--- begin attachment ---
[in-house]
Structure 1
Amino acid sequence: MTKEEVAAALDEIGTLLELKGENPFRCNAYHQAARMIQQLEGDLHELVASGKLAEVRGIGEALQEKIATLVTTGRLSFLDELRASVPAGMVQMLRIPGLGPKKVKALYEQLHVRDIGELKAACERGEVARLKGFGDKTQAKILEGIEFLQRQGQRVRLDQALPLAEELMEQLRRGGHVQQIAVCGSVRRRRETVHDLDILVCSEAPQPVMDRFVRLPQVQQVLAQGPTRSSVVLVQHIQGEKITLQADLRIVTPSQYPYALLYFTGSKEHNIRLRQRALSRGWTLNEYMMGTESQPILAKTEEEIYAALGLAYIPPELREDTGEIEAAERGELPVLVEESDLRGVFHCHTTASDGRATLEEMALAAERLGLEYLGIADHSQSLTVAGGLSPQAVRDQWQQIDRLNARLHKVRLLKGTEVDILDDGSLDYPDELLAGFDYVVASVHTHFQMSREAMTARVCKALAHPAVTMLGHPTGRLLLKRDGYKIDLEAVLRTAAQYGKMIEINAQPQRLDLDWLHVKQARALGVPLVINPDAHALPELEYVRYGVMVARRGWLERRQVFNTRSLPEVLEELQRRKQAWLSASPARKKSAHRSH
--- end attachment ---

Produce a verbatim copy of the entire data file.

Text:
[in-house]
Structure 1
Amino acid sequence: MTKEEVAAALDEIGTLLELKGENPFRCNAYHQAARMIQQLEGDLHELVASGKLAEVRGIGEALQEKIATLVTTGRLSFLDELRASVPAGMVQMLRIPGLGPKKVKALYEQLHVRDIGELKAACERGEVARLKGFGDKTQAKILEGIEFLQRQGQRVRLDQALPLAEELMEQLRRGGHVQQIAVCGSVRRRRETVHDLDILVCSEAPQPVMDRFVRLPQVQQVLAQGPTRSSVVLVQHIQGEKITLQADLRIVTPSQYPYALLYFTGSKEHNIRLRQRALSRGWTLNEYMMGTESQPILAKTEEEIYAALGLAYIPPELREDTGEIEAAERGELPVLVEESDLRGVFHCHTTASDGRATLEEMALAAERLGLEYLGIADHSQSLTVAGGLSPQAVRDQWQQIDRLNARLHKVRLLKGTEVDILDDGSLDYPDELLAGFDYVVASVHTHFQMSREAMTARVCKALAHPAVTMLGHPTGRLLLKRDGYKIDLEAVLRTAAQYGKMIEINAQPQRLDLDWLHVKQARALGVPLVINPDAHALPELEYVRYGVMVARRGWLERRQVFNTRSLPEVLEELQRRKQAWLSASPARKKSAHRSH